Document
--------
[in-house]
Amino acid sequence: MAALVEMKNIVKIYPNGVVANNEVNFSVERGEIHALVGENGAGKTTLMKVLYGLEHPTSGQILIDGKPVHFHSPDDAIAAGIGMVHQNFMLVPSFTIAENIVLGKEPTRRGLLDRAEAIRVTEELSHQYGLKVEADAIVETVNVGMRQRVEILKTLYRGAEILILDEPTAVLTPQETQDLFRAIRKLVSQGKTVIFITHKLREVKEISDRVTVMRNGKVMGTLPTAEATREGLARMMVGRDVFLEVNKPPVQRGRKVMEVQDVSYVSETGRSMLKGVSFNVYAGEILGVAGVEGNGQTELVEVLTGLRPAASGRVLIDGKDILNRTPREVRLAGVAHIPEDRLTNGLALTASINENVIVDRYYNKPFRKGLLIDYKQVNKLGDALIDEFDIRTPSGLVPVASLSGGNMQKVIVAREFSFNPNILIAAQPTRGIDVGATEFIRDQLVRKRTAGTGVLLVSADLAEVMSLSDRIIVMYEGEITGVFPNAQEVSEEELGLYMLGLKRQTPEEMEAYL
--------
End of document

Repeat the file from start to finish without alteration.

[in-house]
Amino acid sequence: MAALVEMKNIVKIYPNGVVANNEVNFSVERGEIHALVGENGAGKTTLMKVLYGLEHPTSGQILIDGKPVHFHSPDDAIAAGIGMVHQNFMLVPSFTIAENIVLGKEPTRRGLLDRAEAIRVTEELSHQYGLKVEADAIVETVNVGMRQRVEILKTLYRGAEILILDEPTAVLTPQETQDLFRAIRKLVSQGKTVIFITHKLREVKEISDRVTVMRNGKVMGTLPTAEATREGLARMMVGRDVFLEVNKPPVQRGRKVMEVQDVSYVSETGRSMLKGVSFNVYAGEILGVAGVEGNGQTELVEVLTGLRPAASGRVLIDGKDILNRTPREVRLAGVAHIPEDRLTNGLALTASINENVIVDRYYNKPFRKGLLIDYKQVNKLGDALIDEFDIRTPSGLVPVASLSGGNMQKVIVAREFSFNPNILIAAQPTRGIDVGATEFIRDQLVRKRTAGTGVLLVSADLAEVMSLSDRIIVMYEGEITGVFPNAQEVSEEELGLYMLGLKRQTPEEMEAYL